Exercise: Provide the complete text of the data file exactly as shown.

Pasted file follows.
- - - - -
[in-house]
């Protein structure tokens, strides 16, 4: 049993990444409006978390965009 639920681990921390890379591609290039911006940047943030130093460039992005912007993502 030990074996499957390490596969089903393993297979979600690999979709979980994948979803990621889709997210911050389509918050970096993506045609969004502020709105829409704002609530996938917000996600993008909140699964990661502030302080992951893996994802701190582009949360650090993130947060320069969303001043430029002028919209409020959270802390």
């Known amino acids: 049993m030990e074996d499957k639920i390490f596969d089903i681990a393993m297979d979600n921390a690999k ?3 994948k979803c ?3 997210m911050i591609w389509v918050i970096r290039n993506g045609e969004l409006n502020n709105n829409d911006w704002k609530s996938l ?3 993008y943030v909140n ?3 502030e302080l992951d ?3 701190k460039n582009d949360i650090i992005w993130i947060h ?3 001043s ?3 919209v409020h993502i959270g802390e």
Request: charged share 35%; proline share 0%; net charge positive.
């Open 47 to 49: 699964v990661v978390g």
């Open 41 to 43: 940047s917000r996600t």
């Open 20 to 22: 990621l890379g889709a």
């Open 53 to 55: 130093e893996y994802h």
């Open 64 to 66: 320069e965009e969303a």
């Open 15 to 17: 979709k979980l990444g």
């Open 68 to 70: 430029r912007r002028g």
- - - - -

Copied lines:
[in-house]
């Protein structure tokens, strides 16, 4: 049993990444409006978390965009 639920681990921390890379591609290039911006940047943030130093460039992005912007993502 030990074996499957390490596969089903393993297979979600690999979709979980994948979803990621889709997210911050389509918050970096993506045609969004502020709105829409704002609530996938917000996600993008909140699964990661502030302080992951893996994802701190582009949360650090993130947060320069969303001043430029002028919209409020959270802390």
């Known amino acids: 049993m030990e074996d499957k639920i390490f596969d089903i681990a393993m297979d979600n921390a690999k ?3 994948k979803c ?3 997210m911050i591609w389509v918050i970096r290039n993506g045609e969004l409006n502020n709105n829409d911006w704002k609530s996938l ?3 993008y943030v909140n ?3 502030e302080l992951d ?3 701190k460039n582009d949360i650090i992005w993130i947060h ?3 001043s ?3 919209v409020h993502i959270g802390e």
Request: charged share 35%; proline share 0%; net charge positive.
């Open 47 to 49: 699964v990661v978390g």
């Open 41 to 43: 940047s917000r996600t």
């Open 20 to 22: 990621l890379g889709a």
């Open 53 to 55: 130093e893996y994802h």
């Open 64 to 66: 320069e965009e969303a």
């Open 15 to 17: 979709k979980l990444g």
């Open 68 to 70: 430029r912007r002028g």